Fosgate rose and drew heavily on his pipe. Chadwick studied him. The man held that spark in his eye, the one he had seen—and feared—in innumerable get-togethers: the cold stark stare of the hunter. Still, it seemed fitting, given the tack the evening had taken. The old bugger had been positively mad. He had chalked it up to the cognac, but a part of him still wondered if this bizarre chatter was serious.
Fosgate exhaled, the robust aroma of his English blend overpowering the immediate vicinity. Chadwick detested the foul smell.
“Do you disagree?” Fosgate baited, getting back to this strangest of conversations. “Come, now. Admit it. You’re positively seething beneath that dry exterior.”
Chadwick hesitated, as his constitution dictated. He checked the clock on the mantel. How he longed to leave this nonsense behind. “Do you take me the fool, Fosgate? This strains the absurd.”
“Hear me out. There are men of this Earth ... naive men ... who would have us believe we’re all playing on the same pitch. That we’re all bloody equal. Do you truly subscribe to that?”
Chadwick sipped his cognac. The conversation had taken its eventual bad turn. It was now just a matter of course that Fosgate would work himself into a mild frenzy over the Muslim and Jew.
Fosgate turned to Willoughby, his faithful manservant of thirty-four years. “Leave us.” He motioned with his pipe. “And be sure to lock the front doors on your way. Missed them last night, eh?”
The valet freshened their drinks, capped the cognac and returned it to an attractive cabinet of teak and glass. He rolled his eyes and promptly turned away.
“... Good night, Willoughby,” Chadwick said after him.
Fosgate waited for the subtle click of the study’s French doors. “Sniggering fool. Perhaps I’ll be done with him come Monday.” He met Chadwick squarely. “Why do you pander to them?”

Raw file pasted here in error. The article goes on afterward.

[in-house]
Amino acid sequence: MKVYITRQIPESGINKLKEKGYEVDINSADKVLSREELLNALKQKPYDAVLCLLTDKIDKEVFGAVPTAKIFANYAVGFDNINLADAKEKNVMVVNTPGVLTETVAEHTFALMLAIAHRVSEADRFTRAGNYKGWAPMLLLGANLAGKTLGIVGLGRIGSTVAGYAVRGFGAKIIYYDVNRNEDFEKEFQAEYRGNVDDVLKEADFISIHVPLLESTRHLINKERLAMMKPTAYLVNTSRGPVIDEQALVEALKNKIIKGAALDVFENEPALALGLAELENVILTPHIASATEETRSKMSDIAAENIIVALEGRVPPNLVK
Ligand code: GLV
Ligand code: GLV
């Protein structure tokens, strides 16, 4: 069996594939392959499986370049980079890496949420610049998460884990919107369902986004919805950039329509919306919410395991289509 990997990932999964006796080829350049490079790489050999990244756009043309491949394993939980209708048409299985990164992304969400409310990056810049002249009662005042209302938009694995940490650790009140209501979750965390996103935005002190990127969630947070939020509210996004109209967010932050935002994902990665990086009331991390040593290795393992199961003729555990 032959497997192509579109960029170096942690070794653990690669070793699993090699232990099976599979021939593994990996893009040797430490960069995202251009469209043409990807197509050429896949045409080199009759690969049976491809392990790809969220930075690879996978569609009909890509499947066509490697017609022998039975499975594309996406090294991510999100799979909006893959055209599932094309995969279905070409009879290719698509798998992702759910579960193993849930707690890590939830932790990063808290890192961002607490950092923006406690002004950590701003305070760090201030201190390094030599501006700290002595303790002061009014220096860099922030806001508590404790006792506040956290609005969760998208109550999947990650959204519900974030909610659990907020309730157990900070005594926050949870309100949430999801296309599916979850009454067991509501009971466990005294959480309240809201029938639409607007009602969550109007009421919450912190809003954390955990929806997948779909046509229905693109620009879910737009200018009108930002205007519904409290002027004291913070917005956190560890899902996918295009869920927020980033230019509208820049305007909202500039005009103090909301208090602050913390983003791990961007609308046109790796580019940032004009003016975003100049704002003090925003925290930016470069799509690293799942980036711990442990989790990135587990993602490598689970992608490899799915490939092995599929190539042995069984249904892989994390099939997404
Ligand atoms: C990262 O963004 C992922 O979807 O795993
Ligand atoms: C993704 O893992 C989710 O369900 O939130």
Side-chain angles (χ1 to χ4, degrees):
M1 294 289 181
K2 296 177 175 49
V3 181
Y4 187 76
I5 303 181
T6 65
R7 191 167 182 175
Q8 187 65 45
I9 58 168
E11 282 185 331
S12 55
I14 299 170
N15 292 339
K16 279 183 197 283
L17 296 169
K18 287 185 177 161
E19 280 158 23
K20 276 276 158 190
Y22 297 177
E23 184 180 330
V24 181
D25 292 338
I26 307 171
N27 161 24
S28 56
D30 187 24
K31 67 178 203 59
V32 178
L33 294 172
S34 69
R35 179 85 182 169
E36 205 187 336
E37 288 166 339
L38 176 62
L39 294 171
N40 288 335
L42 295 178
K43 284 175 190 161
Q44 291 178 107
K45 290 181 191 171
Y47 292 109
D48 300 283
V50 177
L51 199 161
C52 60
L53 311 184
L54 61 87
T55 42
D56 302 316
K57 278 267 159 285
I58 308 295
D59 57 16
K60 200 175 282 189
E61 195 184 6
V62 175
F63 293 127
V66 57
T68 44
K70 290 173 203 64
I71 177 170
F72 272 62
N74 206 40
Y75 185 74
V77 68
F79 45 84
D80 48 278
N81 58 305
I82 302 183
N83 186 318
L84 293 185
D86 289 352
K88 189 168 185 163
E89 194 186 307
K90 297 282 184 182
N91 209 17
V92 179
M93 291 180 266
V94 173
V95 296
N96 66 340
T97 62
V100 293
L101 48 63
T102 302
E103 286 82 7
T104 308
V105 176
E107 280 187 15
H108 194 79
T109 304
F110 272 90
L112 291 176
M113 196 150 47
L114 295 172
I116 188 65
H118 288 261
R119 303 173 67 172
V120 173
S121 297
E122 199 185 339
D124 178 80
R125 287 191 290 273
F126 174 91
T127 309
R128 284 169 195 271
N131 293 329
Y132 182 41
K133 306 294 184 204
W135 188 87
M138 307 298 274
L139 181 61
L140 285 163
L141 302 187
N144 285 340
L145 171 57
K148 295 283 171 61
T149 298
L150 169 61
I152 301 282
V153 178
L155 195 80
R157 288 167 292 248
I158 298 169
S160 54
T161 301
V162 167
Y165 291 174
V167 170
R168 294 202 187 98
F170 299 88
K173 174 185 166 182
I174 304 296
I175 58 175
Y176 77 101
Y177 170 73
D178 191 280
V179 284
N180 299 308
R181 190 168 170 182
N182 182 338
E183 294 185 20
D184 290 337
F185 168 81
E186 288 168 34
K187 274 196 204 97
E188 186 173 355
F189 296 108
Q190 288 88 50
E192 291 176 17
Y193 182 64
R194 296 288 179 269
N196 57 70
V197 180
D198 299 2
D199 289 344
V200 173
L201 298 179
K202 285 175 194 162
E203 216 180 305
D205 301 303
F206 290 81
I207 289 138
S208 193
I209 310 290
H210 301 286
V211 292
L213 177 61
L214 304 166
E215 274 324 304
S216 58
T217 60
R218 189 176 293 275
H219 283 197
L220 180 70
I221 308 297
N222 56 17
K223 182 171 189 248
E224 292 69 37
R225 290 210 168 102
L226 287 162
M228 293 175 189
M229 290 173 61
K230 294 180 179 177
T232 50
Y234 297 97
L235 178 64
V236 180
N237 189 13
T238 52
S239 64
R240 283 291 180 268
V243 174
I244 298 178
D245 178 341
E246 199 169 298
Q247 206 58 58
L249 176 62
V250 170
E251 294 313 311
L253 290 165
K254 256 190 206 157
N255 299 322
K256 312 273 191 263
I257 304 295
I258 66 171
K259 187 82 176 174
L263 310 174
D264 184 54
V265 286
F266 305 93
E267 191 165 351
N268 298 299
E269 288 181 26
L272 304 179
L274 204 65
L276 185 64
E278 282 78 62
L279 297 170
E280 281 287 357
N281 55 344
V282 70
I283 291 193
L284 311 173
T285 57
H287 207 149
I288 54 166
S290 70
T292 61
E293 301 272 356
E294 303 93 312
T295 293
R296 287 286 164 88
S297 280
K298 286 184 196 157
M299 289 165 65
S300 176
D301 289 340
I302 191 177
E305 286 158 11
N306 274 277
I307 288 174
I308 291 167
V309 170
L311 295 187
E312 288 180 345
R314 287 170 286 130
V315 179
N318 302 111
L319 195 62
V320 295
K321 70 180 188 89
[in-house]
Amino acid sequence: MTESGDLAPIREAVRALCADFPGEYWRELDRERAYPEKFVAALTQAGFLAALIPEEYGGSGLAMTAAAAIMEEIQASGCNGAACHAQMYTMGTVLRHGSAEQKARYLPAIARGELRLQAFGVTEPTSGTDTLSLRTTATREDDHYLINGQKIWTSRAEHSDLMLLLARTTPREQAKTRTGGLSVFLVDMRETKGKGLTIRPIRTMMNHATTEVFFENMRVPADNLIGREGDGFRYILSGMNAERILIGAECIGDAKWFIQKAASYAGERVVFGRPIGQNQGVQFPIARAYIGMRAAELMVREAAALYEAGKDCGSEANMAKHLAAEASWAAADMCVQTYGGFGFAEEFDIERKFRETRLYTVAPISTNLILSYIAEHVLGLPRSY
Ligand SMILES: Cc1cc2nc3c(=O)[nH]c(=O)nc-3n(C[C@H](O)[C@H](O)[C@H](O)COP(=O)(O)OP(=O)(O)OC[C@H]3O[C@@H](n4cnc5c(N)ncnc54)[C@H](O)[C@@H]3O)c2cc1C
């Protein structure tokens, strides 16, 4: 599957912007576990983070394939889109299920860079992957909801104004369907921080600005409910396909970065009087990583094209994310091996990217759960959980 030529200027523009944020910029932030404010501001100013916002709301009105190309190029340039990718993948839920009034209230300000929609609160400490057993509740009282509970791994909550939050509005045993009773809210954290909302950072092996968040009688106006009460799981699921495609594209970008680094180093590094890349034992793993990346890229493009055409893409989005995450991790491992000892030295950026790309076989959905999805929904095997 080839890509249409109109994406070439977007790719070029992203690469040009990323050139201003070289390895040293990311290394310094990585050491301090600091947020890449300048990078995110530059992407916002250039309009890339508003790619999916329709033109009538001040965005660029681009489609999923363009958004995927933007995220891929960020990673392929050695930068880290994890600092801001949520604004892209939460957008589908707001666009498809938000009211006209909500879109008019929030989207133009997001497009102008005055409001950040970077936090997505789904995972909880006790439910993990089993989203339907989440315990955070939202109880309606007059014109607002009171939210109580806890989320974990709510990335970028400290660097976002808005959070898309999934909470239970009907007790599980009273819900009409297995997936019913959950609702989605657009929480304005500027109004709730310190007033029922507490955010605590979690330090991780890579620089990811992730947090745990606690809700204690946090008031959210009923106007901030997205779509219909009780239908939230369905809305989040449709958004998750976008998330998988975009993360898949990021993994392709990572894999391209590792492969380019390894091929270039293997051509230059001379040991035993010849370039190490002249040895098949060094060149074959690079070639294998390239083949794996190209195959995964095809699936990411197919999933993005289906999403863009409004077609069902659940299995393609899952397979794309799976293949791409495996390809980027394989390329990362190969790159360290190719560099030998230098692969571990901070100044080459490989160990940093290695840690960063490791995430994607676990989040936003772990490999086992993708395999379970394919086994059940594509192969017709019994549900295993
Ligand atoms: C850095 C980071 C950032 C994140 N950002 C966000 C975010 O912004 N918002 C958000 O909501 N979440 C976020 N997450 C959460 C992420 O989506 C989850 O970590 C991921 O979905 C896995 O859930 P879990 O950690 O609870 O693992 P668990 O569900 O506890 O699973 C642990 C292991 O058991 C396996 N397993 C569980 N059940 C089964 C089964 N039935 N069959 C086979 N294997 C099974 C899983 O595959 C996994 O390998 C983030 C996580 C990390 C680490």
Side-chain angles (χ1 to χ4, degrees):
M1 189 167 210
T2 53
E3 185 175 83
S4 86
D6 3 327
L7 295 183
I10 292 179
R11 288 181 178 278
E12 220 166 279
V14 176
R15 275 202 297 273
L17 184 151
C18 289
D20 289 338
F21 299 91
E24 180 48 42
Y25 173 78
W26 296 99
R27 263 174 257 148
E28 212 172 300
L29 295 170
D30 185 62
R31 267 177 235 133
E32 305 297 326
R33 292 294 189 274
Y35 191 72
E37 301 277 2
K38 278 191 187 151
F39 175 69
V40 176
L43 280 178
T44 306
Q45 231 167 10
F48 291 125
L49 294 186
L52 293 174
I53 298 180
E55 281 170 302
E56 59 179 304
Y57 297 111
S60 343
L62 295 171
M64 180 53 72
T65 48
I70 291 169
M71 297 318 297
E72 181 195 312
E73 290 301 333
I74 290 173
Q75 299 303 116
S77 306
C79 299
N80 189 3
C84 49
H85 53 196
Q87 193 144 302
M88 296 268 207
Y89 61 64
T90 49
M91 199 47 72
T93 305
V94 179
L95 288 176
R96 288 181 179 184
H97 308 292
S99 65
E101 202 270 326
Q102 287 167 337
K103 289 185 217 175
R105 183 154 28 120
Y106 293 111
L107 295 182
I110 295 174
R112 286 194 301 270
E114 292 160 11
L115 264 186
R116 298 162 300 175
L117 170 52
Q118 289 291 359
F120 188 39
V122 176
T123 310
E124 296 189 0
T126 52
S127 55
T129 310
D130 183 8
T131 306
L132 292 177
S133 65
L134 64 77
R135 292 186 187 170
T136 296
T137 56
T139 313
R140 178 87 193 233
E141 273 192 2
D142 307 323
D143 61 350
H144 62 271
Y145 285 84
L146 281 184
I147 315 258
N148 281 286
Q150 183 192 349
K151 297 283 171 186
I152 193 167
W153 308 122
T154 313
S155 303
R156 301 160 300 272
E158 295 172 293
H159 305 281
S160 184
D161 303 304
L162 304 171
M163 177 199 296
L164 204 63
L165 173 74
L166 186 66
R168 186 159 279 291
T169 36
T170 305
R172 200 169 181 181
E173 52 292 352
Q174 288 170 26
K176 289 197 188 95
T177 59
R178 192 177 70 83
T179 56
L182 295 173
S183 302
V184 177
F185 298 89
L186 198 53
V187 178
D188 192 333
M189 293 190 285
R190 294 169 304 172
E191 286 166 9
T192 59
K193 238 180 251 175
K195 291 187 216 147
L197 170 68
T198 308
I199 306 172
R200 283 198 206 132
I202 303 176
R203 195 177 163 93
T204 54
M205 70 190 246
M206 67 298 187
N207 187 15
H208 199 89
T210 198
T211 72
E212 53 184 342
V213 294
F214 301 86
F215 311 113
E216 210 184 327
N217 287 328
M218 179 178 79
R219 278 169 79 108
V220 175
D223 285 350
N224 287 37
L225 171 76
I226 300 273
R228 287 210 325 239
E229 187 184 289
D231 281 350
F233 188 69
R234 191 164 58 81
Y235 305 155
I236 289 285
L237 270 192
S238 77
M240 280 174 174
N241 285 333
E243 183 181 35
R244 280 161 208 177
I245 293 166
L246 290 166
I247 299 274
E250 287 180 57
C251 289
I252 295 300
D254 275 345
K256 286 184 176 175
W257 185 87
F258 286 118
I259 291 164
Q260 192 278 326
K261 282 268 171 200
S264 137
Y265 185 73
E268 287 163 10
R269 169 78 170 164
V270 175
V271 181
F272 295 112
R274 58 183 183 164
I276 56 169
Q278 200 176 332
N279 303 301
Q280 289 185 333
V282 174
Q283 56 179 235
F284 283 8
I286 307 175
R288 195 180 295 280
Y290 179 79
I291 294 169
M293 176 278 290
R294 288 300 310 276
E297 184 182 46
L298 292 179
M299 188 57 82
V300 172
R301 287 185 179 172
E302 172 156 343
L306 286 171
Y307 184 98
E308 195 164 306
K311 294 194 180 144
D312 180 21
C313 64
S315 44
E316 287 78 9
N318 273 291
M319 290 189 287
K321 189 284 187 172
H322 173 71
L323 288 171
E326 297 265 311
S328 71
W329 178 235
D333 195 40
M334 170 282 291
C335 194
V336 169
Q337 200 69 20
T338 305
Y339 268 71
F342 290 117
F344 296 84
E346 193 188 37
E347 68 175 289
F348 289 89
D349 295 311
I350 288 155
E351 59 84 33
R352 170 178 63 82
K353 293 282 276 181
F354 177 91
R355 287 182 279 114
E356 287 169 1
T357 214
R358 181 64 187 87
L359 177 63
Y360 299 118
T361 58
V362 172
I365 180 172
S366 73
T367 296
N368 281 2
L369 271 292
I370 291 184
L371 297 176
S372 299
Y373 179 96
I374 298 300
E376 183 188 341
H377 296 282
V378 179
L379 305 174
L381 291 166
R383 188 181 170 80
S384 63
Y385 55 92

“It’s a sickness,” Chadwick quipped. “I pray you don’t catch it.”
At this Fosgate grumbled, but like Fosgate, waved it off. “You’re beginning to sound more like Katherine every year.”
“How is she, by the way? Any news?”
“None, I’m afraid,” Fosgate said, with more than a hint of irritation. “I’m beginning to believe she prefers the company of savages. It’s one thing to finance a hospital—quite another to actually live on that dreadful continent. I’ve given up talking sense to her. The South Africans can have her, for the entire eighteen months.”
Chadwick started to reply, but Fosgate, as usual led by some internal compass, steered them back on track.
“I don’t believe in pure chance,” he said. “Events do not occur because—what do the Americans say?—oh, the eloquence! Because shit happens. While the likes of Willoughby drift along some despairing river of hope, men ... men such as you and I, Chadwick ... determine our destiny. Lesser men have fought and died for choice since the apple and the serpent. We, on the other hand, control choice.”
Chadwick nodded in compulsory deference. A fair trade for his soul, he supposed, being Executive Vice President to Fosgate Harvard Harrod the Third, President of the House of Sandringham (as Chadwick jokingly labeled it), the ninth-ranked tabloid publisher in England. The circulations of The Sun and The Daily Mail so outnumbered The Eye Opener that one could think of Fosgate’s financially troubled rag as little more than ambient noise. His closest competitor was The London Looker, a dark reflection of Fosgate’s paper. The Looker featured black, go-for-the-jugular content, tasking The Mirror to see who could dig up the shittiest dirt on the dirtiest shit. Its style held wild fancy for Fosgate; he liked its bite. But above all, he liked its numbers. Adding them to his own would spell a major coup, propelling him quite likely—and quite rightly, he would say—to perhaps the number six position. And from there, who knew what prey might fall to the hunt?
Fosgate moved to the hearth. He took up a rather threatening iron poker and stoked the shimmering coals. This set off a crackling fireworks of yellows and reds, the flames casting a macabre shadow of him across a large tapestry on the north wall.
A furious thunderclap struck, and Chadwick whipped around, startled. “Storm’s close,” he said, swallowing.
“Have a pill and be done with it,” Fosgate groaned. “Go on. We’ll finish this when you return.”
Without further discussion and much less second thought, Chadwick nodded. Trembling, he set his cognac on the coaster beside him and disappeared from the study without a word. He should have left with Willoughby.